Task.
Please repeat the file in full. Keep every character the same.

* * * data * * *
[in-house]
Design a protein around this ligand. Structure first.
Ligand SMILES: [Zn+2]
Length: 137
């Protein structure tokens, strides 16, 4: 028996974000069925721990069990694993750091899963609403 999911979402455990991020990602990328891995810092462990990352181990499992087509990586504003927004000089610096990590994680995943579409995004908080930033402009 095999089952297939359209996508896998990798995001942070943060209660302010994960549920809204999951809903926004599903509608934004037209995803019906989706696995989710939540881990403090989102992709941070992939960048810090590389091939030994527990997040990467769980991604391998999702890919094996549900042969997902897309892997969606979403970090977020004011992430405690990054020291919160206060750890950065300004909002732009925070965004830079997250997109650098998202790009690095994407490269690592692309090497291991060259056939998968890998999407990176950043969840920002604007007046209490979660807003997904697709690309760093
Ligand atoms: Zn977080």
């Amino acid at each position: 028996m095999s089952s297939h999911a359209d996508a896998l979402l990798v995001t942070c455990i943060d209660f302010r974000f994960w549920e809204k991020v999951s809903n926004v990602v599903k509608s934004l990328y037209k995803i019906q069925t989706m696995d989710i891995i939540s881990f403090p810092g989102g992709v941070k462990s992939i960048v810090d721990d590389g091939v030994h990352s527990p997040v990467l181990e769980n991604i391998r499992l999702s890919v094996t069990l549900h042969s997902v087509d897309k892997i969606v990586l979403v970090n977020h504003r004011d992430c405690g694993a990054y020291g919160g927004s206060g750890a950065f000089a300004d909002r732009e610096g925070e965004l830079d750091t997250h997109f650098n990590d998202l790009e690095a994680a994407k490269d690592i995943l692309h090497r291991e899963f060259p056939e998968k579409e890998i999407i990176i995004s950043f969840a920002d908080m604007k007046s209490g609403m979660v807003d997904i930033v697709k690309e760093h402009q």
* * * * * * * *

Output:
[in-house]
Design a protein around this ligand. Structure first.
Ligand SMILES: [Zn+2]
Length: 137
């Protein structure tokens, strides 16, 4: 028996974000069925721990069990694993750091899963609403 999911979402455990991020990602990328891995810092462990990352181990499992087509990586504003927004000089610096990590994680995943579409995004908080930033402009 095999089952297939359209996508896998990798995001942070943060209660302010994960549920809204999951809903926004599903509608934004037209995803019906989706696995989710939540881990403090989102992709941070992939960048810090590389091939030994527990997040990467769980991604391998999702890919094996549900042969997902897309892997969606979403970090977020004011992430405690990054020291919160206060750890950065300004909002732009925070965004830079997250997109650098998202790009690095994407490269690592692309090497291991060259056939998968890998999407990176950043969840920002604007007046209490979660807003997904697709690309760093
Ligand atoms: Zn977080």
């Amino acid at each position: 028996m095999s089952s297939h999911a359209d996508a896998l979402l990798v995001t942070c455990i943060d209660f302010r974000f994960w549920e809204k991020v999951s809903n926004v990602v599903k509608s934004l990328y037209k995803i019906q069925t989706m696995d989710i891995i939540s881990f403090p810092g989102g992709v941070k462990s992939i960048v810090d721990d590389g091939v030994h990352s527990p997040v990467l181990e769980n991604i391998r499992l999702s890919v094996t069990l549900h042969s997902v087509d897309k892997i969606v990586l979403v970090n977020h504003r004011d992430c405690g694993a990054y020291g919160g927004s206060g750890a950065f000089a300004d909002r732009e610096g925070e965004l830079d750091t997250h997109f650098n990590d998202l790009e690095a994680a994407k490269d690592i995943l692309h090497r291991e899963f060259p056939e998968k579409e890998i999407i990176i995004s950043f969840a920002d908080m604007k007046s209490g609403m979660v807003d997904i930033v697709k690309e760093h402009q």